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Hands-on, Screens-on, and Brains-on Activities for Important Concepts in Heat Transfer

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Conference

2016 ASEE Annual Conference & Exposition

Location

New Orleans, Louisiana

Publication Date

June 26, 2016

Start Date

June 26, 2016

End Date

August 28, 2016

ISBN

978-0-692-68565-5

ISSN

2153-5965

Conference Session

New Pedagogical Approaches in Chemical Engineering

Tagged Division

Chemical Engineering

Page Count

10

DOI

10.18260/p.25449

Permanent URL

https://peer.asee.org/25449

Download Count

102

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Paper Authors

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Margot A Vigeant Bucknell University

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Margot Vigeant is a professor of chemical engineering and an associate dean of engineering at Bucknell University. She earned her B.S. in chemical engineering from Cornell University, and her M.S. and Ph.D., also in chemical engineering, from the University of Virginia. Her primary research focus is on engineering pedagogy at the undergraduate level. She is particularly interested in the teaching and learning of concepts related to thermodynamics. She is also interested in active, collaborative, and problem-based learning, and in the ways hands-on activities and technology in general and games in particular can be used to improve student engagement.

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Michael J. Prince Bucknell University

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Dr. Michael Prince is a professor of chemical engineering at Bucknell University and co-director of the National Effective Teaching Institute. His research examines a range of engineering education topics, including how to assess and repair student misconceptions and how to increase the adoption of research-based instructional strategies by college instructors and corporate trainers. He is actively engaged in presenting workshops on instructional design to both academic and corporate instructors.

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Katharyn E. K. Nottis Bucknell University

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Dr. Nottis is an Educational Psychologist and Professor of Education at Bucknell University. Her research has focused on meaningful learning in science and engineering education, approached from the perspective of Human Constructivism. She has authored several publications and given numerous presentations on the generation of analogies, misconceptions, and facilitating learning in science and engineering education. She has been involved in collaborative research projects focused on conceptual learning in chemistry, chemical engineering, seismology, and astronomy.

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Milo Koretsky Oregon State University

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Milo Koretsky is a Professor of Chemical Engineering at Oregon State University. He received his B.S. and M.S. degrees from UC San Diego and his Ph.D. from UC Berkeley, all in Chemical Engineering. He currently has research activity in areas related engineering education and is interested in integrating technology into effective educational practices and in promoting the use of higher-level cognitive skills in engineering problem solving. His research interests particularly focus on what prevents students from being able to integrate and extend the knowledge developed in specific courses in the core curriculum to the more complex, authentic problems and projects they face as professionals. Dr. Koretsky is one of the founding members of the Center for Lifelong STEM Education Research at OSU.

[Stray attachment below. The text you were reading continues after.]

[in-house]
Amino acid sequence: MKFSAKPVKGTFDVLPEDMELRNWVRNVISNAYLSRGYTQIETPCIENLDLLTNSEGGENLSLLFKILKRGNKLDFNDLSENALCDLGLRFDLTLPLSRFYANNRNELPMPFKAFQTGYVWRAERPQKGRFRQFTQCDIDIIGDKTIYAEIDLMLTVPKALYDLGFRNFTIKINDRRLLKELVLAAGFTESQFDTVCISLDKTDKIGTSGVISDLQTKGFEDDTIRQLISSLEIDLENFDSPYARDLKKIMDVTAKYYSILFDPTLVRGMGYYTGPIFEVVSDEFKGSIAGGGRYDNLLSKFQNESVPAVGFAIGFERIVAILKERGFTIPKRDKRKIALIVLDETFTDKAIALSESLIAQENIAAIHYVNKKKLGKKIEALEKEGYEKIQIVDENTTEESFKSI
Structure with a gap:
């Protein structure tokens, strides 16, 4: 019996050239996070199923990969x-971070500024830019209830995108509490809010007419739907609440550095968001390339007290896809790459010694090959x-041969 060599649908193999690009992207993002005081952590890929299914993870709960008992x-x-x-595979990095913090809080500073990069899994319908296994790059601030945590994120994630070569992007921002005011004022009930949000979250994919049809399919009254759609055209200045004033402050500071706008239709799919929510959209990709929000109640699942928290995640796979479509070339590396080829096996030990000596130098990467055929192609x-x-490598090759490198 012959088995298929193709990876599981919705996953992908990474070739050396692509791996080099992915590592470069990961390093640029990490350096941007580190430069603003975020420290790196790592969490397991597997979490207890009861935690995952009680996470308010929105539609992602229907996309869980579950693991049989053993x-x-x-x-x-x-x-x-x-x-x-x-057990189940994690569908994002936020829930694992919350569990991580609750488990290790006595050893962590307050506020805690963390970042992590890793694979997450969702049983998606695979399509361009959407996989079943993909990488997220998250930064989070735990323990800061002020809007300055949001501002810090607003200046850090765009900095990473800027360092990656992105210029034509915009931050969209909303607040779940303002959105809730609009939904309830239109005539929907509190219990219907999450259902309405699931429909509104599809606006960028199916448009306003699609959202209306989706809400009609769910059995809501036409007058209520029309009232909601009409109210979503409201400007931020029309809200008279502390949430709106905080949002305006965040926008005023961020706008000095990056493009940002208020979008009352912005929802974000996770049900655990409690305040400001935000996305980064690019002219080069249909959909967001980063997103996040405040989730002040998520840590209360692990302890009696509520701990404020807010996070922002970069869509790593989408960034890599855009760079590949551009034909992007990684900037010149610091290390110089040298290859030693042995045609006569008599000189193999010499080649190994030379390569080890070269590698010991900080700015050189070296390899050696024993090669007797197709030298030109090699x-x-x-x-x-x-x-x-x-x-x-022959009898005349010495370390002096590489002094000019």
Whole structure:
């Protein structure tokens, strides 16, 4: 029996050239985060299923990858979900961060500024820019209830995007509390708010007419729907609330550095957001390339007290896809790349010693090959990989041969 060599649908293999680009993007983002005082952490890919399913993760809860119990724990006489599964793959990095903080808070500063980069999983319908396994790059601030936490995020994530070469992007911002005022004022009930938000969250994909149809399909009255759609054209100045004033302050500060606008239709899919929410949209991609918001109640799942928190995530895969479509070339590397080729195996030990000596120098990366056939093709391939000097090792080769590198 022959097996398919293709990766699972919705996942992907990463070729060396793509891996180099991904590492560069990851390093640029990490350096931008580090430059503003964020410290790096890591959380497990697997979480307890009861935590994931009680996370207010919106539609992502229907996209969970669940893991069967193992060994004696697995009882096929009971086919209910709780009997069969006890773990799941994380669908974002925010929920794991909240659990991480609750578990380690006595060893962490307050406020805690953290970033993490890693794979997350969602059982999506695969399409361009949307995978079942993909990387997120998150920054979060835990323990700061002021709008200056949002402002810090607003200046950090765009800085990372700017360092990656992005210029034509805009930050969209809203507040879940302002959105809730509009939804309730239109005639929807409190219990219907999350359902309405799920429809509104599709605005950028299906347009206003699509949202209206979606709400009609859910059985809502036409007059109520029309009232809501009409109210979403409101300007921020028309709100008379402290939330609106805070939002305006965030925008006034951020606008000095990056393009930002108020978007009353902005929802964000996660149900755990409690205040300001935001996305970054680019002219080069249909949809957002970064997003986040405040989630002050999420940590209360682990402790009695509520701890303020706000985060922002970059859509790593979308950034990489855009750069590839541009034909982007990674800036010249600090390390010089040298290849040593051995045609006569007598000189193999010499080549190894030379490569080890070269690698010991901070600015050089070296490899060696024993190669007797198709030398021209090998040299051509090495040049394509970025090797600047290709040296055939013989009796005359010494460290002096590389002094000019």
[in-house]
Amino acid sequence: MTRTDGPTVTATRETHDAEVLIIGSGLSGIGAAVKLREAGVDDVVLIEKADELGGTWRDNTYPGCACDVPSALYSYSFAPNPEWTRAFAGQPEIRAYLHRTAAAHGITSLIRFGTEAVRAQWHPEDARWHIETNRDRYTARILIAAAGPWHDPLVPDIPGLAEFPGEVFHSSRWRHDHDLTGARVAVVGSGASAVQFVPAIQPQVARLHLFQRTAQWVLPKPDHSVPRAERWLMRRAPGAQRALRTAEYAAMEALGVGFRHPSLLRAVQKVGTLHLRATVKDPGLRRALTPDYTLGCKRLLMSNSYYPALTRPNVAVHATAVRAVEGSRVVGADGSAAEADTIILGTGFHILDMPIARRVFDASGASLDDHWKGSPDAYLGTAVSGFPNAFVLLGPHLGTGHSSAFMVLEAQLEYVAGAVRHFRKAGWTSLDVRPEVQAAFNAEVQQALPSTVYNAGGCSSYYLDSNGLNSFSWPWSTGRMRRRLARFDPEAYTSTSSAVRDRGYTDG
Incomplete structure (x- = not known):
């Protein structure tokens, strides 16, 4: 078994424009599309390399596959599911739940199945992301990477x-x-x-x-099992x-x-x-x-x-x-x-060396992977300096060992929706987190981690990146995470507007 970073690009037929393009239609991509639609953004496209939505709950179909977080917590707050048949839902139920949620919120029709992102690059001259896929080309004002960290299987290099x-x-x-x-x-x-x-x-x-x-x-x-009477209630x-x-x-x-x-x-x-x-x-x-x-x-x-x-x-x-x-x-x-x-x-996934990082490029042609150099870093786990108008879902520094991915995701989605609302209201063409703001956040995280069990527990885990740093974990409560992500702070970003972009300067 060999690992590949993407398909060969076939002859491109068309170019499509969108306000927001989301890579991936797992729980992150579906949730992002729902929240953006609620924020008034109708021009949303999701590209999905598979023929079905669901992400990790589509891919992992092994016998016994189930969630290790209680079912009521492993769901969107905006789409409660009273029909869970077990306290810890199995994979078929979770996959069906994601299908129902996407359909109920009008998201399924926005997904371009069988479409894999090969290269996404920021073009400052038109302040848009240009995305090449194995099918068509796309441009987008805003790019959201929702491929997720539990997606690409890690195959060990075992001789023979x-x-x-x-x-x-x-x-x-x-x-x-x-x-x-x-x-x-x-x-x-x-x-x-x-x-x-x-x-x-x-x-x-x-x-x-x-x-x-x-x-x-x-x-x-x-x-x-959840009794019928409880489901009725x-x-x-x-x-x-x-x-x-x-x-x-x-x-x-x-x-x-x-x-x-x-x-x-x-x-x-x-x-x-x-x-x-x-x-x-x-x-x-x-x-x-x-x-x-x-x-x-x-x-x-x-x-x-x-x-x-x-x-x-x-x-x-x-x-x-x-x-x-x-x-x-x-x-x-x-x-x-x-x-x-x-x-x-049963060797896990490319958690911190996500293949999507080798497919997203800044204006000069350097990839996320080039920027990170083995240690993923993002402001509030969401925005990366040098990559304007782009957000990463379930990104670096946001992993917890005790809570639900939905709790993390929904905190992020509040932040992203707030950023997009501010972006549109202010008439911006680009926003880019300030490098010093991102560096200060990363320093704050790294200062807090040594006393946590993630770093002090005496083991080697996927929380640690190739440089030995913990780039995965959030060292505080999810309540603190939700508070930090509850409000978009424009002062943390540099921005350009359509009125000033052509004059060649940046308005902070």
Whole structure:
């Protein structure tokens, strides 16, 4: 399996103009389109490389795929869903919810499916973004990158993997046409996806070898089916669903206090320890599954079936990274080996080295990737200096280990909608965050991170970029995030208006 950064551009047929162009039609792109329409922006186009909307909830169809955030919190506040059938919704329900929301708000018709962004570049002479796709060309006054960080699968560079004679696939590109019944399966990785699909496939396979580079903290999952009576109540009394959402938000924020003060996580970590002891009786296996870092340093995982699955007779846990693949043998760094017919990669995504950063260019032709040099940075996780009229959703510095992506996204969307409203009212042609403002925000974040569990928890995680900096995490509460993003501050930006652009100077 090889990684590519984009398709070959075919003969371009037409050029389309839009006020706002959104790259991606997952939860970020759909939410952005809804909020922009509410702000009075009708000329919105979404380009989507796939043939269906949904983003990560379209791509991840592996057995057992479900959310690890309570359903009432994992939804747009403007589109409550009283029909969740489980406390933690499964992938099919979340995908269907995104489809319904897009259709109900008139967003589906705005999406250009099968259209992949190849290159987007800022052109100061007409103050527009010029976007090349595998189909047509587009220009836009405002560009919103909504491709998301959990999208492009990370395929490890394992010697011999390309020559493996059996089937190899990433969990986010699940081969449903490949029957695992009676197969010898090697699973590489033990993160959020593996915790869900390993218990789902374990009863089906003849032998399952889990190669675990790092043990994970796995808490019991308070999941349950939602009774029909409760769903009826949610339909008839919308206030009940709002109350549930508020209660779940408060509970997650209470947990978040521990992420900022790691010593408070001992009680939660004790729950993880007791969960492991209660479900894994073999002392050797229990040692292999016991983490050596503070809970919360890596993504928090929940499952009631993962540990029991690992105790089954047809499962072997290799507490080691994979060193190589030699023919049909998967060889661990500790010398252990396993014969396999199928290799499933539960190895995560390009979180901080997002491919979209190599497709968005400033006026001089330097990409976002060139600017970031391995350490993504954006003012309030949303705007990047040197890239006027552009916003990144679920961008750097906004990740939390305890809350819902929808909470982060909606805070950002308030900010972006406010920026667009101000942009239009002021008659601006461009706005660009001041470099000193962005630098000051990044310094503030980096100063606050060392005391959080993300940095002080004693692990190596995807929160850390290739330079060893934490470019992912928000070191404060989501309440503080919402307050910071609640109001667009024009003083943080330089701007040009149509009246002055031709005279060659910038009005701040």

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Thomas W Ekstedt Oregon State University

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Thomas Ekstedt is a software developer in the School of Chemical, Biological and Environmental Engineering at Oregon State University. He is involved in the development of technology-based educational systems, particularly in the areas of concept-based instruction and interactive simulation of physical phenomena.

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Abstract

We have created analogous versions of our inquiry-based activities for misconception repair in heat transfer to ease faculty adoption into just about any type of instructional situation. Activities now work as laboratory experiments, in-class demonstrations, collaborative studio sessions, or simulations that can be assigned as homework. In our paper, we discuss each of these modes in detail and how they may be accessed through the AIChE Concept Warehouse. We also have measured the impact of each of these modes on the conceptual understanding of students; we know from previous work that student-conducted experiments are effective at repairing misconceptions. In our presentation, we will share the effectiveness of the alternate modes of presentation, as well as data on how easy these new modes are for faculty and students to use. We invite everyone who is teaching a heat transfer course or another course where ideas about radiation heat transfer, or factors influencing the rate and amount of heat transfer, to access these activities and freely use them in class.

Vigeant, M. A., & Prince, M. J., & Nottis, K. E. K., & Koretsky, M., & Ekstedt, T. W. (2016, June), Hands-on, Screens-on, and Brains-on Activities for Important Concepts in Heat Transfer Paper presented at 2016 ASEE Annual Conference & Exposition, New Orleans, Louisiana. 10.18260/p.25449

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